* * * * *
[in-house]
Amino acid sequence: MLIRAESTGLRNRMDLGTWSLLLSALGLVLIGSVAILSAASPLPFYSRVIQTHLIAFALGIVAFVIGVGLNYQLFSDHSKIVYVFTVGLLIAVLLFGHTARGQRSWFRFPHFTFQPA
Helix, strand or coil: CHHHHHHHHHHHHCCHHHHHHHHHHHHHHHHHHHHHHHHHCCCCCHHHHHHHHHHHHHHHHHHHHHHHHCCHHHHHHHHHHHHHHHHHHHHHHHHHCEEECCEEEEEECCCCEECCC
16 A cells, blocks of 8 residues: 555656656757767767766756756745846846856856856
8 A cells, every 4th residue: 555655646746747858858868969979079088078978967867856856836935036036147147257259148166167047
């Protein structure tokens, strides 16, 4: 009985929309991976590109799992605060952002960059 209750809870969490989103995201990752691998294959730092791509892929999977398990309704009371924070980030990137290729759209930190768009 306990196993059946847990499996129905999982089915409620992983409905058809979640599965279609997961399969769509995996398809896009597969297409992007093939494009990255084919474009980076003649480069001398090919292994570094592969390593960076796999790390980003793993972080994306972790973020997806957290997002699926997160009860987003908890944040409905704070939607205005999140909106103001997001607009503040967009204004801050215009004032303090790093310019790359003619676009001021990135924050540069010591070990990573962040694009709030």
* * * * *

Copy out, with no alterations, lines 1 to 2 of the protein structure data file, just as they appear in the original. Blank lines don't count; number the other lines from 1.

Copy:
[in-house]
Amino acid sequence: MLIRAESTGLRNRMDLGTWSLLLSALGLVLIGSVAILSAASPLPFYSRVIQTHLIAFALGIVAFVIGVGLNYQLFSDHSKIVYVFTVGLLIAVLLFGHTARGQRSWFRFPHFTFQPA